Fresh off of the New Hampshire primary Bernie Sanders and Hillary Clinton meet tonight in Milwaukee for their second head-to-head debate (the sixth overall). After narrowly losing the Iowa caucus, Sanders, as predicted, ran away with the much-needed win in New Hampshire besting Clinton by over 20 percent. 

The last debate saw fiery performances from both candidates after questioning over what made Clinton a “progressive” blew into a full-fledged Twitter spat that carried on into a town hall, and eventually, the debate, where Clinton described the call out from Sanders’ campaign as an “artful smear.”

Sanders and Clinton meet again tonight to debate before the Nevada and South Carolina primaries. 

Clinton takes her first swing at Sanders saying he his proposed plans would increase the size of the federal government by 40 percent saying Sanders can’t keep what he’s promising. “This is not about math, this about people’s lives,” says Clinton.

Sanders responds that he in fact does not want to “dismantle” the Affordable Care Act, or “Obamacare,” which Clinton points out as she has before that it was once called Hillarycare. Sanders says Clinton is absolutely wrong and that he will continue to fight for healthcare because he believes it, “…is a right of all people and not a privilege.” 

Clinton questions Sanders’ plans once again, this time about funding public education. Says it would hinge on governors like Wisconsin’s Scott Walker to invest $23 billion in higher education. Sanders disputes it says, “I do believe we should have free tuition.”

Moderators mention 55 percent of women voted for Sanders in New Hampshire and Clinton why she doesn’t think she’s not resonating with women. Clinton says she’s okay with it and that she wants to empower men and women and progress. She notes how in over 200 debates this is the most amount of women there’s been on stage. (Three, including Clinton, as both moderators are women.)

Sanders notes how he has a record for supporting women’s rights, citing the wage gap and how it time to make paid family leave a reality. When asked if he’s worried about stopping Clinton from making history as the first woman president he says, “a Sanders victory would be of some historical accomplishment as well”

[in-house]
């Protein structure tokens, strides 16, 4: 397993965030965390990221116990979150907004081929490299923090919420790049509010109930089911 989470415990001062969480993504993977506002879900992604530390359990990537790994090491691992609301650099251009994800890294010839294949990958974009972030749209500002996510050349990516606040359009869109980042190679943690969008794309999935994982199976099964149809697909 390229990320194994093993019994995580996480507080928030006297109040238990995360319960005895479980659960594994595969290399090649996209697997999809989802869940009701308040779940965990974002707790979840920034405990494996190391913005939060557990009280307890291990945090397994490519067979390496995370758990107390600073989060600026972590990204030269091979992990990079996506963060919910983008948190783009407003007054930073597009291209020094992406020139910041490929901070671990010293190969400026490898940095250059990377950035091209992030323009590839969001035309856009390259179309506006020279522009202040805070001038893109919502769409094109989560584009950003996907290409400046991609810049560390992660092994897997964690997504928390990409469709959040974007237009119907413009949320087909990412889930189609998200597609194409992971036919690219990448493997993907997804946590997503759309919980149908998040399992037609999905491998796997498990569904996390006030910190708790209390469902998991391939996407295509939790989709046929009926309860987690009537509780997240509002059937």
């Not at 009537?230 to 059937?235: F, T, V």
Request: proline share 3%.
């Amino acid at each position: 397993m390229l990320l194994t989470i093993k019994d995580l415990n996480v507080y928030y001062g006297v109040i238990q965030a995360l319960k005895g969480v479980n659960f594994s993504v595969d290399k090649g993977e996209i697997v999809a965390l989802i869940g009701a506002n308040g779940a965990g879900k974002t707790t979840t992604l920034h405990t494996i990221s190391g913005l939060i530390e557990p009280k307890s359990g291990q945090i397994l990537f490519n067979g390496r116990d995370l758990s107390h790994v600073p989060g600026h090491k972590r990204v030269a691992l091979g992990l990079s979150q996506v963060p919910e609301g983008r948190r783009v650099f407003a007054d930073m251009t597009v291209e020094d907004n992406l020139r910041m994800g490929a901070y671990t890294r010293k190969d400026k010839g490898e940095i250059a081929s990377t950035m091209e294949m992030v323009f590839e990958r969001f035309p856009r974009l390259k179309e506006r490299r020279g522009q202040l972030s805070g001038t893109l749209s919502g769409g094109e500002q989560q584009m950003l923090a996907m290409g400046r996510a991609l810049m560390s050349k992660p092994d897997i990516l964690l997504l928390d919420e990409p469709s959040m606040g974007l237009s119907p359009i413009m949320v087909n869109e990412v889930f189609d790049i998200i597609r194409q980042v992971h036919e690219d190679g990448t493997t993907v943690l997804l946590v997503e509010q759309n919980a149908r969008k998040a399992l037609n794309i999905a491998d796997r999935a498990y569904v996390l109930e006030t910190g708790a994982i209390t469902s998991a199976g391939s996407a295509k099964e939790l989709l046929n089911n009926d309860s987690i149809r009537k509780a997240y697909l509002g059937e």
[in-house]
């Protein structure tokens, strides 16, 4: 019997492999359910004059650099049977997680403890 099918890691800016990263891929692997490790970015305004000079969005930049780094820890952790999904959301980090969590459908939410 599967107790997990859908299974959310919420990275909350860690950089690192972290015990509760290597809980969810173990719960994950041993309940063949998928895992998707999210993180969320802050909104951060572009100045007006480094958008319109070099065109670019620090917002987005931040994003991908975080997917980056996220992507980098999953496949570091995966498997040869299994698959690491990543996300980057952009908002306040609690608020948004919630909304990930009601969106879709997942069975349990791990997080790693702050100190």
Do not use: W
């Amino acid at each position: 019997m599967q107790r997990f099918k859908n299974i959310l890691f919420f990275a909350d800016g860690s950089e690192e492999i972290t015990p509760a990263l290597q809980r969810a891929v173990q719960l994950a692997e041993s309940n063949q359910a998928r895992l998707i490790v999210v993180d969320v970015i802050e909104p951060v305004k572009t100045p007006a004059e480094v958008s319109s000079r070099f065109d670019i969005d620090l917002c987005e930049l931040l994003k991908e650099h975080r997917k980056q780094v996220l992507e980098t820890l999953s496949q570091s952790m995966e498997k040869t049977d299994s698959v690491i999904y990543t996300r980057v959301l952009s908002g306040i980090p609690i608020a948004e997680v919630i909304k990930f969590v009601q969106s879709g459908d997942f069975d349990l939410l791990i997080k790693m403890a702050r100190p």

Sanders and Clinton are asked: “What can we do to lower the African American men incarceration rate?” Sanders says, “We can no longer continue to sweep it under the rug” citing a statistic that 1 in 4 African American children will end up in jail. Sanders addresses police brutality adding, “Any police officer who breaks the law will be held accountable.” 

Clinton notes a victim of police brutality, Dontre Hamilton. She calls for the restoration of  “policing that will protect communities” but adds that to address this problem “jobs, education, housing” in relation to African Americans also need to be fixed the incarceration rate.

Sanders is asked whether an undocumented family should fear deportation under his presidency. Sanders says “No,” saying he refuses to deport 11 million people calling for immigration reform because we should, “…bring families together, not divide them.”

Clinton calls out Sanders for not supporting a 2007 immigration reform. Sanders admits he he didn’t support it, explaining prominent Latino groups compared the “guest worker” programs to “slavery.” He also pointed out that Clinton didn't think children escaping violence from Honduras and other places in Central America instead of "welcoming" them to the country. Sanders' campaign tweeted: 

The issue of social security is raised and both candidates agree the elderly are struggling to live, with Sanders noting elderly are receiving approximately 11,000 a year. Sanders wants to expand social security and the life of social security for the elderly, but also for disabled veterans.

Citing that Clinton has received $10 million in donations from just two donors is asked if campaign contributors will have an affect on her administration. Clinton says she’s receiving plenty of “small donations” but even if she’s getting large donations Clinton notes Obama was a recipient of the largest wall street donation with $15 million but that he still fought Wall Street and she will do the same. Sanders counters:

Clinton takes on racism and Trump's proposed plans:

Clinton drags Sanders for previously critiquing president Barack Obama and for calling him a “disappointment.” "The kind of criticism I hear from Sanders I expect from Republicans I do not expect it from someone seeking the Dem. nomination," says Clinton. Sanders responds calling that a "low blow" and admits he has disagreed with Obama, but calls him a friend. Sanders points out that's campaigned for Obama during both presidential terms. Sanders further fought back in his closing statement:  “One of us ran against Barack Obama. I was not that candidate." 

In her closing statement Clinton takes a parting blow at Sanders: